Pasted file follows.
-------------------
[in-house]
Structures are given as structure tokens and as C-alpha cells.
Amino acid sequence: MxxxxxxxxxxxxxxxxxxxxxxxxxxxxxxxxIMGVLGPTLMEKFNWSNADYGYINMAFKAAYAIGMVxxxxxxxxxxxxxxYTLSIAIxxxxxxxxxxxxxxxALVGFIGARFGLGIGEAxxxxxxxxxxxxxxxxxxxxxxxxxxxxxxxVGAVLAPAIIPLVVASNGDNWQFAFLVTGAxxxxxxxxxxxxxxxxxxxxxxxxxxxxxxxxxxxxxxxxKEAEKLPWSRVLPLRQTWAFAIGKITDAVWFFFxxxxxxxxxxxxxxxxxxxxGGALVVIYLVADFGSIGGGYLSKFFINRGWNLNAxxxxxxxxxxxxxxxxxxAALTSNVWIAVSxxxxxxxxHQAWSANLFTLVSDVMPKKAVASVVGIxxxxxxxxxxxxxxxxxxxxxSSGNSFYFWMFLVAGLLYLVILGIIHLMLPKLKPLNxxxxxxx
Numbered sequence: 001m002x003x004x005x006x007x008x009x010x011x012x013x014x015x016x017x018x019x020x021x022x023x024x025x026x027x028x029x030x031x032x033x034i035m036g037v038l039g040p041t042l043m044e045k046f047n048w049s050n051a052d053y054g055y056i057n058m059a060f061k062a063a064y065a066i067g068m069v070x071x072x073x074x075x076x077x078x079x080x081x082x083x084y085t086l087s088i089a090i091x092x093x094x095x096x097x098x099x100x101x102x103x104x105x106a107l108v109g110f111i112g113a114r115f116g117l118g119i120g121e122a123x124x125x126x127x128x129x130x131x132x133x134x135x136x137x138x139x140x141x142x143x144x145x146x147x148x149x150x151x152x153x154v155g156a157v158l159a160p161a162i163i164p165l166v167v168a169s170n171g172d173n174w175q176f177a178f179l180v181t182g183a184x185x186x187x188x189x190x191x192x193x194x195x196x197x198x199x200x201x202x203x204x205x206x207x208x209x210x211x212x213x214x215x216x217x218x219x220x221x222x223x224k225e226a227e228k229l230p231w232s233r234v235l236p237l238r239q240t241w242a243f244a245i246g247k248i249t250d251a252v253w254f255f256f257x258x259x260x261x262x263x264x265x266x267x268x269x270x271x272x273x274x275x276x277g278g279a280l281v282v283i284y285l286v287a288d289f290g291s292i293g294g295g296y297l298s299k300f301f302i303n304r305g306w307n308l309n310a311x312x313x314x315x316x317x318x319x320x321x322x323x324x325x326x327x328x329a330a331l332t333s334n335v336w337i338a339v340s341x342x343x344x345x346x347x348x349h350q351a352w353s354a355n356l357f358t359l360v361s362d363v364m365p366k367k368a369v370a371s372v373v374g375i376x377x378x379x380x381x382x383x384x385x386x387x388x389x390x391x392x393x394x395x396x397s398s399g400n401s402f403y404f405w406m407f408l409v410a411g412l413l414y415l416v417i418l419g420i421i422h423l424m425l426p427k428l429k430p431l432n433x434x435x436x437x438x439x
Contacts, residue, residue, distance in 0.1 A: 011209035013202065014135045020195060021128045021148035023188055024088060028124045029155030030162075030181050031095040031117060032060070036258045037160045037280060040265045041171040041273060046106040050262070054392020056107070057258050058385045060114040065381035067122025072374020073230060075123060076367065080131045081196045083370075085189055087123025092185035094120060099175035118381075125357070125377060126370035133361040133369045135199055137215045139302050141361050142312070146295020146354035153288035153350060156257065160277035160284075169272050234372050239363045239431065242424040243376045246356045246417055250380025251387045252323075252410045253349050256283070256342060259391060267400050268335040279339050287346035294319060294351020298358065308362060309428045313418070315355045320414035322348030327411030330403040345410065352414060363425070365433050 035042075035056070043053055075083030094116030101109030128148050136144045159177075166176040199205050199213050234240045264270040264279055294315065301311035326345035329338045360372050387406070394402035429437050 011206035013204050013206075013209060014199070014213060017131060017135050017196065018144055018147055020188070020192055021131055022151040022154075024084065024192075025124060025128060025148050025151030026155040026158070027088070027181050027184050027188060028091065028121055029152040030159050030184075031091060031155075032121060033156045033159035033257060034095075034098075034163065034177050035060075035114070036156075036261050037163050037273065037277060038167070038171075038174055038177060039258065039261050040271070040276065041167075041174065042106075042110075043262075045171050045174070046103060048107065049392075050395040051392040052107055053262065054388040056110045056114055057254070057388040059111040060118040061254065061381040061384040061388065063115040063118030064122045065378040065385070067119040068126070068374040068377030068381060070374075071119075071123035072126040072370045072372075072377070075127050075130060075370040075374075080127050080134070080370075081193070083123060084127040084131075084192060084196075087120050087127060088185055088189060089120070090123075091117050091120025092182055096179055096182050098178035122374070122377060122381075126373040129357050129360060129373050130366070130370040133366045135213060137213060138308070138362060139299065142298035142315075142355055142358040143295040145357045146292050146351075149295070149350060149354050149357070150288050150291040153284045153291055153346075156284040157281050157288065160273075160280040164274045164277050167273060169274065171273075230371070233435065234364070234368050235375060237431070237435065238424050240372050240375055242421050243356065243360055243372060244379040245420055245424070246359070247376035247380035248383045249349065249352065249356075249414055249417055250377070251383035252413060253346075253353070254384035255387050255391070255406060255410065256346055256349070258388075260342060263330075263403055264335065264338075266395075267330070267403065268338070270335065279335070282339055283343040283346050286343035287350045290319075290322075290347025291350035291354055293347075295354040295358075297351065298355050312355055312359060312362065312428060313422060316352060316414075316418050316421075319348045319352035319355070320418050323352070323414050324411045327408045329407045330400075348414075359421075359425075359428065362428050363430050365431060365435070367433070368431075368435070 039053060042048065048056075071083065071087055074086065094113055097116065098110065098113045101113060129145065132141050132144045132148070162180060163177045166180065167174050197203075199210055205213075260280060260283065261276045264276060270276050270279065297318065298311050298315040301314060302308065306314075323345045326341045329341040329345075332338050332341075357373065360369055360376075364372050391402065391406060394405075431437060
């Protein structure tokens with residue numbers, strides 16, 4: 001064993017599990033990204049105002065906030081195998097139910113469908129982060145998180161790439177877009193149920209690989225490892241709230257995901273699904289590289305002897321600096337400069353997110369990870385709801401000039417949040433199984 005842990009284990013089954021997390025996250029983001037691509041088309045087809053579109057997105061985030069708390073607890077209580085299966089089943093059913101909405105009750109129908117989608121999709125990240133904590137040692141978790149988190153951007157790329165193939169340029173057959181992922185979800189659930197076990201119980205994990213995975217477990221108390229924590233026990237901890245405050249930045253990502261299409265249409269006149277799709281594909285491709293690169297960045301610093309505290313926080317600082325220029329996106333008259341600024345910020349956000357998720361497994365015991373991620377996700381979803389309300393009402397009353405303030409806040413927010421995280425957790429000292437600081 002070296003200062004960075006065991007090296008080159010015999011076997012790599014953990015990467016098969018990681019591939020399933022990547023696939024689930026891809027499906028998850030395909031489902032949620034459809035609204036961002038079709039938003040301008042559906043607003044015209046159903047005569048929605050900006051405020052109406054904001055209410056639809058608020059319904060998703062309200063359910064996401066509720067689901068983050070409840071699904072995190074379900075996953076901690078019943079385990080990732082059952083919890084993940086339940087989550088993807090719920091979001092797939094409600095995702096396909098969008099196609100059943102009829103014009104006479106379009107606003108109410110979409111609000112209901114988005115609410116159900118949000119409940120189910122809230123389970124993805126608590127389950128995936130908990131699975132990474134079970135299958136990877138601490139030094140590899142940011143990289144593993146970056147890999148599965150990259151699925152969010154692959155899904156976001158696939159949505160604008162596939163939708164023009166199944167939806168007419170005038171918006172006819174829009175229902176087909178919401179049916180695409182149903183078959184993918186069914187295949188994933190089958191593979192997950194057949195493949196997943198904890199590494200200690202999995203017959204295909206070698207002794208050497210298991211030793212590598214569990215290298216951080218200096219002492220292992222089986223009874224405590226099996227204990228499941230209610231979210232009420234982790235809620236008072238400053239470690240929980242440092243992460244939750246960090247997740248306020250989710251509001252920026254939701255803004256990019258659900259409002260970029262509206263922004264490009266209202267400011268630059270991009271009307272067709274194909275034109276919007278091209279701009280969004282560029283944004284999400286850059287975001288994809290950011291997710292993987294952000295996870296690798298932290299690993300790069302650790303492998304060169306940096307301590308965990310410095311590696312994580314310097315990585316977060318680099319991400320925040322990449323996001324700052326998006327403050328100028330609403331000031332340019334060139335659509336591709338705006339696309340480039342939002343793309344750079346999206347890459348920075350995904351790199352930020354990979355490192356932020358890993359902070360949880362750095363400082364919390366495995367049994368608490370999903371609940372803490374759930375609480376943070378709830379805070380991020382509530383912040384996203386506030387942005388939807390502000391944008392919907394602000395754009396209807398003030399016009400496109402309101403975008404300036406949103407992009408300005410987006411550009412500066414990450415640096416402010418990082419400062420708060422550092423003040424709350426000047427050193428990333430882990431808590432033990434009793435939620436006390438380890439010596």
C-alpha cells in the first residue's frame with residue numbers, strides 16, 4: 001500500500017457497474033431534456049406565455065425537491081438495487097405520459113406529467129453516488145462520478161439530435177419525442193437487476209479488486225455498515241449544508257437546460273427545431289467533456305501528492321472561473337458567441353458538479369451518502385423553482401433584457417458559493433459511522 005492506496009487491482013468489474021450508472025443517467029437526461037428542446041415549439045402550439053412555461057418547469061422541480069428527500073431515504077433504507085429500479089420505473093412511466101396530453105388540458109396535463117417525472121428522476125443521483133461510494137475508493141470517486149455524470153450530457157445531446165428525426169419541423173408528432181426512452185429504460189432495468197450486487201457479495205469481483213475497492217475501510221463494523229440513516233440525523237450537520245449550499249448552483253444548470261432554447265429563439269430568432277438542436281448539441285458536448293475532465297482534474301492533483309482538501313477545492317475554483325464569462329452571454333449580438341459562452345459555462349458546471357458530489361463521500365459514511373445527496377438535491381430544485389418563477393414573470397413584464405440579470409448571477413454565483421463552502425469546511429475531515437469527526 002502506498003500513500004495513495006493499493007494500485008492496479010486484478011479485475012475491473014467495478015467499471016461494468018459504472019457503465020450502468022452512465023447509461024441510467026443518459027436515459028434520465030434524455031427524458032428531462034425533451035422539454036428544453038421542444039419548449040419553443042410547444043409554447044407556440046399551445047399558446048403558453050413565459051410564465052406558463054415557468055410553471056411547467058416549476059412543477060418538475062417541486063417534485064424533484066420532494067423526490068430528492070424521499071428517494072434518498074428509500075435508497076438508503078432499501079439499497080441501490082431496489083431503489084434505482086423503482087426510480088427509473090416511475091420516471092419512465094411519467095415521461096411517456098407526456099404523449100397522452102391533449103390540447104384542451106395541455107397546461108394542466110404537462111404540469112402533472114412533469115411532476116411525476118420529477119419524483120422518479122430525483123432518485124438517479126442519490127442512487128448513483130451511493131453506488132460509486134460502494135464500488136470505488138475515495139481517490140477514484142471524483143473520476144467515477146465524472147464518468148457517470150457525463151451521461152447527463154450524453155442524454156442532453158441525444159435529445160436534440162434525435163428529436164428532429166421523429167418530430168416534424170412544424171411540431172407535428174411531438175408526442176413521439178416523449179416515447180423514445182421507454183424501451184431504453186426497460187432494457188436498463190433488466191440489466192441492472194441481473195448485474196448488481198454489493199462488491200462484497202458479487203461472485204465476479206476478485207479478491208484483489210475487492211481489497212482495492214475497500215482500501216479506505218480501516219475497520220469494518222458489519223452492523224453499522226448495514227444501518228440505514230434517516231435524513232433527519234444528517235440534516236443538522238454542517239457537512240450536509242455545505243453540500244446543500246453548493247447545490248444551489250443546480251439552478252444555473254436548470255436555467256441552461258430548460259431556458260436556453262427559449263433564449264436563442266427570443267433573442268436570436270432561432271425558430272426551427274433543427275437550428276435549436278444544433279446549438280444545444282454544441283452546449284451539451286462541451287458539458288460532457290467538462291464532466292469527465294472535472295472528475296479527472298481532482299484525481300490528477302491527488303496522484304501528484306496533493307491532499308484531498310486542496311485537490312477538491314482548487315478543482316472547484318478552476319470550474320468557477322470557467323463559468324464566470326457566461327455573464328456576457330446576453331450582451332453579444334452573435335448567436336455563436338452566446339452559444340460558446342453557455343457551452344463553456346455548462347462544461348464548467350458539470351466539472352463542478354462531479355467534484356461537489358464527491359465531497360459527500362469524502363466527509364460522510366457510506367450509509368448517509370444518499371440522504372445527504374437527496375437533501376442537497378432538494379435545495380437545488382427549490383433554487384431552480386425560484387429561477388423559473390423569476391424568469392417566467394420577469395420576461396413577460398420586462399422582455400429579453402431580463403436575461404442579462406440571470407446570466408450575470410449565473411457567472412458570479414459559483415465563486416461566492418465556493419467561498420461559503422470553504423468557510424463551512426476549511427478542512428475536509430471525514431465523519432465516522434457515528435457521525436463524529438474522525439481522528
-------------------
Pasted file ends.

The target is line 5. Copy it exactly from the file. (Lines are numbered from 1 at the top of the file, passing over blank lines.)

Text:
Contacts, residue, residue, distance in 0.1 A: 011209035013202065014135045020195060021128045021148035023188055024088060028124045029155030030162075030181050031095040031117060032060070036258045037160045037280060040265045041171040041273060046106040050262070054392020056107070057258050058385045060114040065381035067122025072374020073230060075123060076367065080131045081196045083370075085189055087123025092185035094120060099175035118381075125357070125377060126370035133361040133369045135199055137215045139302050141361050142312070146295020146354035153288035153350060156257065160277035160284075169272050234372050239363045239431065242424040243376045246356045246417055250380025251387045252323075252410045253349050256283070256342060259391060267400050268335040279339050287346035294319060294351020298358065308362060309428045313418070315355045320414035322348030327411030330403040345410065352414060363425070365433050 035042075035056070043053055075083030094116030101109030128148050136144045159177075166176040199205050199213050234240045264270040264279055294315065301311035326345035329338045360372050387406070394402035429437050 011206035013204050013206075013209060014199070014213060017131060017135050017196065018144055018147055020188070020192055021131055022151040022154075024084065024192075025124060025128060025148050025151030026155040026158070027088070027181050027184050027188060028091065028121055029152040030159050030184075031091060031155075032121060033156045033159035033257060034095075034098075034163065034177050035060075035114070036156075036261050037163050037273065037277060038167070038171075038174055038177060039258065039261050040271070040276065041167075041174065042106075042110075043262075045171050045174070046103060048107065049392075050395040051392040052107055053262065054388040056110045056114055057254070057388040059111040060118040061254065061381040061384040061388065063115040063118030064122045065378040065385070067119040068126070068374040068377030068381060070374075071119075071123035072126040072370045072372075072377070075127050075130060075370040075374075080127050080134070080370075081193070083123060084127040084131075084192060084196075087120050087127060088185055088189060089120070090123075091117050091120025092182055096179055096182050098178035122374070122377060122381075126373040129357050129360060129373050130366070130370040133366045135213060137213060138308070138362060139299065142298035142315075142355055142358040143295040145357045146292050146351075149295070149350060149354050149357070150288050150291040153284045153291055153346075156284040157281050157288065160273075160280040164274045164277050167273060169274065171273075230371070233435065234364070234368050235375060237431070237435065238424050240372050240375055242421050243356065243360055243372060244379040245420055245424070246359070247376035247380035248383045249349065249352065249356075249414055249417055250377070251383035252413060253346075253353070254384035255387050255391070255406060255410065256346055256349070258388075260342060263330075263403055264335065264338075266395075267330070267403065268338070270335065279335070282339055283343040283346050286343035287350045290319075290322075290347025291350035291354055293347075295354040295358075297351065298355050312355055312359060312362065312428060313422060316352060316414075316418050316421075319348045319352035319355070320418050323352070323414050324411045327408045329407045330400075348414075359421075359425075359428065362428050363430050365431060365435070367433070368431075368435070 039053060042048065048056075071083065071087055074086065094113055097116065098110065098113045101113060129145065132141050132144045132148070162180060163177045166180065167174050197203075199210055205213075260280060260283065261276045264276060270276050270279065297318065298311050298315040301314060302308065306314075323345045326341045329341040329345075332338050332341075357373065360369055360376075364372050391402065391406060394405075431437060